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Barbara Hamilton v. Michael Astrue

January 5, 2011


The opinion of the court was delivered by: Sandra M. Snyder United States Magistrate Judge


Plaintiff Barbara Hamilton, proceeding in forma pauperis, by her attorney, Law Offices of Lawrence D. Rohlfing, seeks judicial review of a final decision of the Commissioner of Social Security ("Commissioner") denying her application for supplemental security income ("SSI"), pursuant to Title XVI of the Social Security Act (42 U.S.C. § 301 et seq.) (the "Act"). The matter is currently before the Court on the parties' cross-briefs, which were submitted, without oral argument, to the Honorable Sandra M. Snyder, United States Magistrate Judge.*fn1 Following a review of the complete record, this Court concludes that the Commissioner's decision was supported by substantial evidence.

I. Administrative Record

A. Procedural History

On September 5, 2006, Plaintiff applied for SSI benefits, alleging disability beginning October 1, 2001. AR 11. Her claims were initially denied on March 27, 2007, and upon reconsideration, on July 9, 2007. AR 11. On September 4, 2007, Plaintiff filed a timely request for a hearing. AR 11. Plaintiff appeared and testified at the hearing on November 14, 2008. AR 18-36. On March 23, 2009, Administrative Law Judge Christopher Larsen ("ALJ") determined that Plaintiff was not disabled as defined by the Act. AR 11-17. The Appeals Council denied review on June 24, 2009. AR 3-5. On August 12, 2009, Plaintiff filed a complaint seeking this Court's review (Doc. 1).

B. Agency Record

Plaintiff's testimony (AR 21-37). Plaintiff (born October 16, 1955) lived with her husband in a mobile home in Sanger, California. She had experienced chronic back pain since a car accident in 1997. The pain and numbness in her back and legs had increased since an earlier disability hearing in June 2006. Plaintiff's physician, Dr. Ong prescribed Darvocet*fn2 and Neurontin*fn3 but Plaintiff took only Darvocet because she could not afford Neurontin.

Because of pains shooting down her legs and numbness in her back, she had begun to limit her driving, traveling out of the mountains ( twenty-mile trip) to shop only twice a month, instead of the once or twice weekly shopping trip that she used to make. Plaintiff could not walk as far as she used to. She was no longer able to do laundry (apparently at a laundromat) because the associated walking, bending, and lifting caused "so much pain I have to sit down." She was able to sit for fifteen to thirty minutes and to stand for ten minutes. She could walk no more than fifty or sixty steps at a time. She rested four or five hours a day.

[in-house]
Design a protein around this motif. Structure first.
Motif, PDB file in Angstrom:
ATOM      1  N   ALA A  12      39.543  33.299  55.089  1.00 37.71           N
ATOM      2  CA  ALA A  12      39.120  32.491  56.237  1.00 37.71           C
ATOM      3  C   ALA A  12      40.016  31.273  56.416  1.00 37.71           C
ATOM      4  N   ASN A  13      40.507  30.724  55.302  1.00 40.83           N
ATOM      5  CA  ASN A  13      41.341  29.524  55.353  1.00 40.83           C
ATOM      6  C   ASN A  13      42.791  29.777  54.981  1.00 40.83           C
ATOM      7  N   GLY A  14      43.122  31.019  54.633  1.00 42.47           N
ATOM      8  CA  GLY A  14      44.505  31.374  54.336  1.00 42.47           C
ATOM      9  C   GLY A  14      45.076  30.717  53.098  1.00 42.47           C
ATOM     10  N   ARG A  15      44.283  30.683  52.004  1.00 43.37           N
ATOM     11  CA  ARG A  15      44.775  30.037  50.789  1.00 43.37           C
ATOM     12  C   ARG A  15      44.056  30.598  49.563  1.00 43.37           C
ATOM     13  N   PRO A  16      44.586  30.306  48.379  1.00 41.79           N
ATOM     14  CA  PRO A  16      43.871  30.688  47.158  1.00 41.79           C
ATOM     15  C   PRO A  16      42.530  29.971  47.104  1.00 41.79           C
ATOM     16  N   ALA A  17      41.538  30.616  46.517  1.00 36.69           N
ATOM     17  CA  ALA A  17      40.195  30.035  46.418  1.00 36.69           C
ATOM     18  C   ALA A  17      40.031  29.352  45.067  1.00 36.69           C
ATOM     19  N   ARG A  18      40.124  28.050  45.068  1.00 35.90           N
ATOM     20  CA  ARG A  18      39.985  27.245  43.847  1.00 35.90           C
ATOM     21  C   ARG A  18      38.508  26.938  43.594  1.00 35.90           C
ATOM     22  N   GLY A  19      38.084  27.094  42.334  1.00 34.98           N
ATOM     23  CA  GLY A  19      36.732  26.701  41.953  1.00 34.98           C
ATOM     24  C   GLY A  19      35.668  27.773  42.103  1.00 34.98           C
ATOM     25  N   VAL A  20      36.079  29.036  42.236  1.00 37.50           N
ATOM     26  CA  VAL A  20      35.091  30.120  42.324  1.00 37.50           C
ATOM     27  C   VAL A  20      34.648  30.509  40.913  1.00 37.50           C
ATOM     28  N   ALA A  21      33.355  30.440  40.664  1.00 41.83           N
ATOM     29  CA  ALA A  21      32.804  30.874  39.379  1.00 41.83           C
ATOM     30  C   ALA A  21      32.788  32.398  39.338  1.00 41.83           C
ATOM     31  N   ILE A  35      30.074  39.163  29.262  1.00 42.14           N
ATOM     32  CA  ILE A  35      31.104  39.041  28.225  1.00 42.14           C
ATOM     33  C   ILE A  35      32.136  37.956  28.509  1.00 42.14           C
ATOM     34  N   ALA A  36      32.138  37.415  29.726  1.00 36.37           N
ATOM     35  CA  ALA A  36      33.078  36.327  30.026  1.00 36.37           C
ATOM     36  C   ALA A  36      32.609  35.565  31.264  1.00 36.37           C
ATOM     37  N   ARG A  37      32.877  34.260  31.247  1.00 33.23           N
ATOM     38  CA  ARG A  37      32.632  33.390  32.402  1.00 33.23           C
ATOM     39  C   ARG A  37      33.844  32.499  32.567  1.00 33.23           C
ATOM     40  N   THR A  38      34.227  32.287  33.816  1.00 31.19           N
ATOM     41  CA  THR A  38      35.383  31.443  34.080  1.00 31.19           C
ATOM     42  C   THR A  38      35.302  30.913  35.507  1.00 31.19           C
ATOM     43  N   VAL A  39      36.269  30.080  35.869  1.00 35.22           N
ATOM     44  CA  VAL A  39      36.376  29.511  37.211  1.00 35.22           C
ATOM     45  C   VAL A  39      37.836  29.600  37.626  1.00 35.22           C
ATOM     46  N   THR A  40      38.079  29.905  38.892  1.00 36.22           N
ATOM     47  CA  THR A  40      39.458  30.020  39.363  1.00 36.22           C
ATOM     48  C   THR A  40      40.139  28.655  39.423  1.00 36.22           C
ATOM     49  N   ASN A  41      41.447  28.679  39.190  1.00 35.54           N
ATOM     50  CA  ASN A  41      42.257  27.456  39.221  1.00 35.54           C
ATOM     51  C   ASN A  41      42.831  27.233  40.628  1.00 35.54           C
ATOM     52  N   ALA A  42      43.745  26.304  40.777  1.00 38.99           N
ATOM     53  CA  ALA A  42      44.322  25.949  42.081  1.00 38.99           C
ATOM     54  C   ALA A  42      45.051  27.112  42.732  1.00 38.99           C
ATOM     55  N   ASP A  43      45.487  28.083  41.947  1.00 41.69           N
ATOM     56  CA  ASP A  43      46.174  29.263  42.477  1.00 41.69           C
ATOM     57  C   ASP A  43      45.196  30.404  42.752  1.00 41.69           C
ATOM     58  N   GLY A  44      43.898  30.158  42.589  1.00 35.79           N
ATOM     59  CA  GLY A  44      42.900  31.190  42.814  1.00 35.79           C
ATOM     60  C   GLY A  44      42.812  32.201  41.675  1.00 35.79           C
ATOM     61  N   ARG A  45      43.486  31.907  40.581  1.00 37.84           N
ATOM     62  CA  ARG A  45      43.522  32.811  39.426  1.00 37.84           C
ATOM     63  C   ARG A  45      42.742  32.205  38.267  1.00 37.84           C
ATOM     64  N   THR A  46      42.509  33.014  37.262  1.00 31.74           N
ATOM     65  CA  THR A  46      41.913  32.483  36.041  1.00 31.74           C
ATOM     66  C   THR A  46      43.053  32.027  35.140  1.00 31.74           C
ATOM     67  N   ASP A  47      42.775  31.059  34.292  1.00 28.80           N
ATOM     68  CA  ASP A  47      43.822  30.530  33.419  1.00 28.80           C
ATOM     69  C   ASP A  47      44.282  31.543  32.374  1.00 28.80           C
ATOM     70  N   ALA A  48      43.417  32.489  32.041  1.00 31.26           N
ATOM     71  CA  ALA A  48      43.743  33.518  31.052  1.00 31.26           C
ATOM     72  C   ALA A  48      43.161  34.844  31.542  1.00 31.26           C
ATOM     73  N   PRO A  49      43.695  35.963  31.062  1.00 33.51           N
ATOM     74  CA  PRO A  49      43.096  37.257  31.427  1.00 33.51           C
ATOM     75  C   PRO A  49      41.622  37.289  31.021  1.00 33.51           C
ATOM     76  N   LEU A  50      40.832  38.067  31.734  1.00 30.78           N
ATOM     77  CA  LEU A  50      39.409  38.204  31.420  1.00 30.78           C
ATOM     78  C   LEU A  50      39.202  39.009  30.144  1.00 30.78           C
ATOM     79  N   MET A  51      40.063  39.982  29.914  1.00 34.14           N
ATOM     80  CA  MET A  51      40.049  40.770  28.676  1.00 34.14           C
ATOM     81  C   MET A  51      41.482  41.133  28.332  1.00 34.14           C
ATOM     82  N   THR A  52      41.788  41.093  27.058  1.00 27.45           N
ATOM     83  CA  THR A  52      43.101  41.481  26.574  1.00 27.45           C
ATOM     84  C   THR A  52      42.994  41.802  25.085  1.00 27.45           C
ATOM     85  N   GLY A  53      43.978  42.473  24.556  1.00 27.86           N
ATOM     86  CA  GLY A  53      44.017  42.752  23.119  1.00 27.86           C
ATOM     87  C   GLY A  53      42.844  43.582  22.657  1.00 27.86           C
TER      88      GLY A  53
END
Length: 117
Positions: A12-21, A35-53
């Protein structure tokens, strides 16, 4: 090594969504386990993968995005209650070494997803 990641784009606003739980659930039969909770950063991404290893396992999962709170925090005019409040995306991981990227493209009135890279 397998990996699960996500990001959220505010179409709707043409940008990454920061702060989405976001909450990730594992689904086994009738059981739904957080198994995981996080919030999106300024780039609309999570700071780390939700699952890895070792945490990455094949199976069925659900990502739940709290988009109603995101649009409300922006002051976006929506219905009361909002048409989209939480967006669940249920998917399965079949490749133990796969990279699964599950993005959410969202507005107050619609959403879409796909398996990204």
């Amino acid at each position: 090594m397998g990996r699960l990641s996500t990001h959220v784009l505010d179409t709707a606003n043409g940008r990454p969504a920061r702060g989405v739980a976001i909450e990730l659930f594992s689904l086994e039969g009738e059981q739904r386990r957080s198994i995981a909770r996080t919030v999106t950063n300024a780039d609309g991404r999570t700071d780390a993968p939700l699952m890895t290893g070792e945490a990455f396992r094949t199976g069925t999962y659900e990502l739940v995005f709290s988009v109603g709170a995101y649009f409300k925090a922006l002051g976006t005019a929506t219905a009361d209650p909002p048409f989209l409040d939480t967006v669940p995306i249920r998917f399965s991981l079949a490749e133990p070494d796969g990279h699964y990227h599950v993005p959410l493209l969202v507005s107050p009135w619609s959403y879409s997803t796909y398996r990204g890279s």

Plaintiff was able to sweep, to cook, and to do dishes. She shopped for groceries with her husband's assistance. She was able to bathe and dress herself, but needed to sit down to rest after taking a shower.

Plaintiff left school after the tenth grade. She worked briefly at Hancock Fabrics in 1989. She did not work again until she cleaned house and drove for her sister for a month or a month and a half in 2001. Plaintiff quit that job, finding it to be too hard on her back.

Because she could not bend or stand for very long, Plaintiff was certain she could not work eight hours a day, five days a week. Walking was painful and required something for Plaintiff to hold on to. Perhaps as a result of aging or taking pain pills, Plaintiff was unable to concentrate a long time. Plaintiff estimated her constant back pain as four on a one-to-ten scale (one being least amount of pain, and ten requiring a trip to the emergency room). Plaintiff had treated her back with heat, cold, Darvocet, and physical therapy, but nothing relieved her pain more than briefly. She also addressed her pain by changing position: sitting down if she was standing and experienced numbness or pain, and standing up if she became numb while sitting.